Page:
Another significant challenge is to have all EU Member States sharing a similar opinion about accessible tourism and the recognition of the visitor’s needs and rights. Goodwill is often not enough for a satisfactory development of accessible products and proposals, but the European Commission has been very active from this point of view, launching calls for proposals to sustain innovative projects to allow inclusive participation for all.
Do you think Covid-19 will negatively affect European travel for people with disabilities?
COVID19 has hit tourism in a dramatic way all around the world. The very hard measure of the shutdown, adopted in many countries, almost stopped all tourism activities with the severe consequence of huge loss of income and of jobs. Many activities are still now at risk of being bankrupted. The possibility that the pandemic will gain force again in the Autumn is also preventing people to plan travelling again.
This situation is much more difficult for tourists with disabilities who have specific requirements to make their trip safe and comfortable. They might risk not finding the required assistance, and have problems in case they need to go back home in an emergency and may also be blocked by quarantine.
The UNWTO has issued a Paper on the inclusive response for vulnerable groups. ENAT and the ONCE Foundation have cooperated with the contents within the framework of the Memorandum of Understanding we have signed with UNWTO.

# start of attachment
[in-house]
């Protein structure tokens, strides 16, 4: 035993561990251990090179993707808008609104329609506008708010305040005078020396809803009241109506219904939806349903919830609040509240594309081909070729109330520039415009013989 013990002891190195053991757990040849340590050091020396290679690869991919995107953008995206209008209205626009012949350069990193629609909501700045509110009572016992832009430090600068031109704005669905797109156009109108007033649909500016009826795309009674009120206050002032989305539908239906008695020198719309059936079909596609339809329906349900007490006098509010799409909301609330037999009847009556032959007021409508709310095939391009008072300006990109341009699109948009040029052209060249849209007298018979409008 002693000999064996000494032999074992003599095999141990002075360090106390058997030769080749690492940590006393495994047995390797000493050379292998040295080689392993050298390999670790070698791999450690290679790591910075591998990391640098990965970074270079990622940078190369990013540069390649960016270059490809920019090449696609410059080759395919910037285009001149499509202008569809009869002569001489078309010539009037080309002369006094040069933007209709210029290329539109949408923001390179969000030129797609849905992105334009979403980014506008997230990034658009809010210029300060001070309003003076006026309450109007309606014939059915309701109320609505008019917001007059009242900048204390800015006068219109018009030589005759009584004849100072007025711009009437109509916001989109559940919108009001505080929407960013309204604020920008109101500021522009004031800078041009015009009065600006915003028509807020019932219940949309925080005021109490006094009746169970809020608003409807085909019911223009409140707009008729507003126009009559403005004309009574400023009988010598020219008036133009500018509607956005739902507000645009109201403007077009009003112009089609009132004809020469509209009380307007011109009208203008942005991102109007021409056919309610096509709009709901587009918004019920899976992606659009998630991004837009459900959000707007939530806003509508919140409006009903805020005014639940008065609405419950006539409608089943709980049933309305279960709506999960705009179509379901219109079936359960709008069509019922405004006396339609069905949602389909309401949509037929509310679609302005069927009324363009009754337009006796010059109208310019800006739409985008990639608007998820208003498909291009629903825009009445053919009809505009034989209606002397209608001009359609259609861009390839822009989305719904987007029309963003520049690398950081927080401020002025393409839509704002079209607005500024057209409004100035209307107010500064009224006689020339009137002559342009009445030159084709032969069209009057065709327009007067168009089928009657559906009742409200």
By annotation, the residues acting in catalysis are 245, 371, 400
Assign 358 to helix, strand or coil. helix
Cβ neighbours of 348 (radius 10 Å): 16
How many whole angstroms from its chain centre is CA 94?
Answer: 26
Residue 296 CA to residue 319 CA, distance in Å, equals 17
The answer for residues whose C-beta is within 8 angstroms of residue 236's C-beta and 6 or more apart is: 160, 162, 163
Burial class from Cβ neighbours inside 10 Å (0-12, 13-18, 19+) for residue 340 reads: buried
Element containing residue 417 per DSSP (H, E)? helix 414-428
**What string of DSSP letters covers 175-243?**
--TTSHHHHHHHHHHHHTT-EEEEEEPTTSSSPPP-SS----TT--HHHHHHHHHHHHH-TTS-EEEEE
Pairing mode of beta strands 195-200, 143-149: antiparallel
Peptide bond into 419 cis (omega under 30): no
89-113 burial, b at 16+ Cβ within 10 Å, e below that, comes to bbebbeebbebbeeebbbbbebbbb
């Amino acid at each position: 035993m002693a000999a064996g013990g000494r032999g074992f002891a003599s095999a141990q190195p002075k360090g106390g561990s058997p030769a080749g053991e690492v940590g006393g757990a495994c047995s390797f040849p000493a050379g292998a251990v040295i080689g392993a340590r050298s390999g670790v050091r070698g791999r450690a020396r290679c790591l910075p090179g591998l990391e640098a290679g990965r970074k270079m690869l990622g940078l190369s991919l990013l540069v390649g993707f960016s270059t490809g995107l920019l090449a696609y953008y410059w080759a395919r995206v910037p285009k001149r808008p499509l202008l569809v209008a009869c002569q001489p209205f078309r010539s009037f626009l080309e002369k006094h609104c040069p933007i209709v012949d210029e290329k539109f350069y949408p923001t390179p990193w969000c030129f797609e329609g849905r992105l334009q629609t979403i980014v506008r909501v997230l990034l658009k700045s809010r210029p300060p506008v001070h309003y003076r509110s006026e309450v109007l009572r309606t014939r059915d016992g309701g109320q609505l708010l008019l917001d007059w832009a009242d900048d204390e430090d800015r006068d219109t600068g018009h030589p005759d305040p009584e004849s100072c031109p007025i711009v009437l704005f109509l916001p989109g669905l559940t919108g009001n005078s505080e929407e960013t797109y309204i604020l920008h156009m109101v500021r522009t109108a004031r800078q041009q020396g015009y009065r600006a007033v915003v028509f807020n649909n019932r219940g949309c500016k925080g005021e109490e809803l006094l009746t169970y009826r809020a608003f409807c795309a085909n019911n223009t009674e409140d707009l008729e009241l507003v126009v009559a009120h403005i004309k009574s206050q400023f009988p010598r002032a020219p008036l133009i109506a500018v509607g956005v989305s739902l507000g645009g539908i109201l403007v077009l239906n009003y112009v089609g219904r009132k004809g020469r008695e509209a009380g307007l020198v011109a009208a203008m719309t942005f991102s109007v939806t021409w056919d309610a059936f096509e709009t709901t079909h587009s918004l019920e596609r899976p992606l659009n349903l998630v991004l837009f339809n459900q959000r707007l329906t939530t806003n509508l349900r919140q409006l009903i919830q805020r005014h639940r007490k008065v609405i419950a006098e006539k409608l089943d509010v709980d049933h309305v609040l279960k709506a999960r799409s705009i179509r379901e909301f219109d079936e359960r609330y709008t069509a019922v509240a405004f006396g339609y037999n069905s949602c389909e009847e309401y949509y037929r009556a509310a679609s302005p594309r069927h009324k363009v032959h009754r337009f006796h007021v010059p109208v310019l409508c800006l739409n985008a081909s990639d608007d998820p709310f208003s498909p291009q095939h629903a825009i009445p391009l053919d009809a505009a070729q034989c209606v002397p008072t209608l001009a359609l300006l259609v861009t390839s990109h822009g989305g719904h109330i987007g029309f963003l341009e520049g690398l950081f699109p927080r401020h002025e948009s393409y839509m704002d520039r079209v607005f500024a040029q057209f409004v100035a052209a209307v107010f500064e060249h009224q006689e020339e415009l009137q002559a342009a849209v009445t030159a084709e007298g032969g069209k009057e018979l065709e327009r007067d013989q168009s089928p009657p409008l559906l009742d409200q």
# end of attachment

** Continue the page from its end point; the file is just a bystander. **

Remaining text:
When do you anticipate tourism will resume? What type of “normal” do you envision?
All studies and market research made at national and European levels consider 2021 as the year when tourism activities will slowly go back to normal but that is only assuming that a vaccine or treatment will be found in the coming months. It all depends on the pandemic situation, if and when the whole planet will be “virus-free” in order to resume normal transport connections with all the countries and plan tourist exchanges. This is particularly important for Europe since 3 of EU countries (France, Spain and Italy) are in the top 5 list of the UNWTO as the major destinations of the world tourism exchanges.
‘Normal’ will be very different from the one we have known in the past: the need for social distancing will reduce the offer of the tourist facilities (hotels, restaurants, social events, etc.) thus the tourism economy will still be a critical issue. With less jobs and less economic possibilities, many tourist flows will be reduced. In our opinion this will affect more tourists with disabilities and specific access requirements for many reasons: a loss of income and a possible loss of Tourism for All offers, due to the reduced capacity of the tourism industry.
What organizations does ENAT work with in each country to ensure that its resolutions are helpful and enforced?